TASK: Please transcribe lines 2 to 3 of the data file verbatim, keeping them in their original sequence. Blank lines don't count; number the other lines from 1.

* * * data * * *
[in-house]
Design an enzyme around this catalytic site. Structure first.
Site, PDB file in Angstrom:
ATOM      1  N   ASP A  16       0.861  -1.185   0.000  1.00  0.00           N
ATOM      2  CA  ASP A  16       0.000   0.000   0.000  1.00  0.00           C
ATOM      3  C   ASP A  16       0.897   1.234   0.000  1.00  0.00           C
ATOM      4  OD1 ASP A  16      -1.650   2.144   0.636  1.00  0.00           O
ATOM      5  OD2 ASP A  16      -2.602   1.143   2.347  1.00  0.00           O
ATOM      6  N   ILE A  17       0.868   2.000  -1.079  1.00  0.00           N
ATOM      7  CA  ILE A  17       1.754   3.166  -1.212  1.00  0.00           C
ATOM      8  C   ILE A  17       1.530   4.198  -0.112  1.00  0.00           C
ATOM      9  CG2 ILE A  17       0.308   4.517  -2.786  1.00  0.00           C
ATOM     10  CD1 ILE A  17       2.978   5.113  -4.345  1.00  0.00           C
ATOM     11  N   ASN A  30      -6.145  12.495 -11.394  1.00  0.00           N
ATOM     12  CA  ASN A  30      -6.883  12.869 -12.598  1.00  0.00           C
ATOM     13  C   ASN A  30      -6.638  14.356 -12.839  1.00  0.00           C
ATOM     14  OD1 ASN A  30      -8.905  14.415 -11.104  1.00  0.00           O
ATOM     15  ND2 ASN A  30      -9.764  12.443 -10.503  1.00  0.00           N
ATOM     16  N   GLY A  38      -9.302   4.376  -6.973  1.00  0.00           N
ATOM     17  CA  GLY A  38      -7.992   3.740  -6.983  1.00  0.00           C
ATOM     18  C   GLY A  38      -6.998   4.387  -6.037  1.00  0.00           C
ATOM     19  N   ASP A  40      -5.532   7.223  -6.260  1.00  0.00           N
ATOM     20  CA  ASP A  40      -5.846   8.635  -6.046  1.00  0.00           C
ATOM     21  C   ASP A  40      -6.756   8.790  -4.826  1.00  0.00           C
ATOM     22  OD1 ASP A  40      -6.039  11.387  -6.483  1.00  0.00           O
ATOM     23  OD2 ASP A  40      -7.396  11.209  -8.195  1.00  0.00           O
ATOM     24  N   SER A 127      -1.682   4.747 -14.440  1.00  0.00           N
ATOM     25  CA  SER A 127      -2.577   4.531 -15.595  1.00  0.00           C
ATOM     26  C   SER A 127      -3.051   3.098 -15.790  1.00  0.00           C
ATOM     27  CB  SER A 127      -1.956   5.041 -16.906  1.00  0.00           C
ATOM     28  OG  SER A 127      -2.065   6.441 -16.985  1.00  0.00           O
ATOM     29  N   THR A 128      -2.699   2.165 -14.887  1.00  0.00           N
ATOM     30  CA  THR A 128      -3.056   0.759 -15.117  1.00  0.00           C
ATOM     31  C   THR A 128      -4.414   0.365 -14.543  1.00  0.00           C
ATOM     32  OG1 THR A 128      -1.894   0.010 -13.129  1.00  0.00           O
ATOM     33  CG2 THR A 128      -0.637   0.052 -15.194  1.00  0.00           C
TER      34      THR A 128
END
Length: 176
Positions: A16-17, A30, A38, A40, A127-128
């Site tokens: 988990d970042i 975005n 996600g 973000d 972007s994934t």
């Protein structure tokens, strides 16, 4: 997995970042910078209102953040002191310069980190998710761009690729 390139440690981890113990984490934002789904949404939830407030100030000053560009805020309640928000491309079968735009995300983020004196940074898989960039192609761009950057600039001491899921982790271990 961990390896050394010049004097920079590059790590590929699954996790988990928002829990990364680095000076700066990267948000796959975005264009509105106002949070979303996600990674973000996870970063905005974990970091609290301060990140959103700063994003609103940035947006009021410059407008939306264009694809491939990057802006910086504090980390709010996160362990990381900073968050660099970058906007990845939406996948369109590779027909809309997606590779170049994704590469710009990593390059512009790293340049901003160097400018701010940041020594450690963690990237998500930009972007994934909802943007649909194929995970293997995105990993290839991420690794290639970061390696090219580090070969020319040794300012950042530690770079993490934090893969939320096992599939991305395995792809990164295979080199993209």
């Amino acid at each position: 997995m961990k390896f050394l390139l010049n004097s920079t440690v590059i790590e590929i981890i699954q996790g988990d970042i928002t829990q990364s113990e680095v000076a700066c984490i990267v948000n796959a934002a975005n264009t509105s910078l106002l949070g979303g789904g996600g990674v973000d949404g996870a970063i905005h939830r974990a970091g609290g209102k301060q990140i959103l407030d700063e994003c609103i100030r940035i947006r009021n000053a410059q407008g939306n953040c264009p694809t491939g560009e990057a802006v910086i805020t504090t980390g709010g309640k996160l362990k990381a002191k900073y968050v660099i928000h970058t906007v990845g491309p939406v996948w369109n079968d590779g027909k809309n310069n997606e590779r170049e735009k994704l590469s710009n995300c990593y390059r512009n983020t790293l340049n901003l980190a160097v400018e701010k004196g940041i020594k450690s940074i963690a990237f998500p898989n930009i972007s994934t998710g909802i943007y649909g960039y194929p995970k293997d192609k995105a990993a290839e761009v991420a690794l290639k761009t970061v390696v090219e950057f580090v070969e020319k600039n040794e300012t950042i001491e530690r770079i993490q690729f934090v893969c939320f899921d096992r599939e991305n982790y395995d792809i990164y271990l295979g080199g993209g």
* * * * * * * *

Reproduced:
Design an enzyme around this catalytic site. Structure first.
Site, PDB file in Angstrom: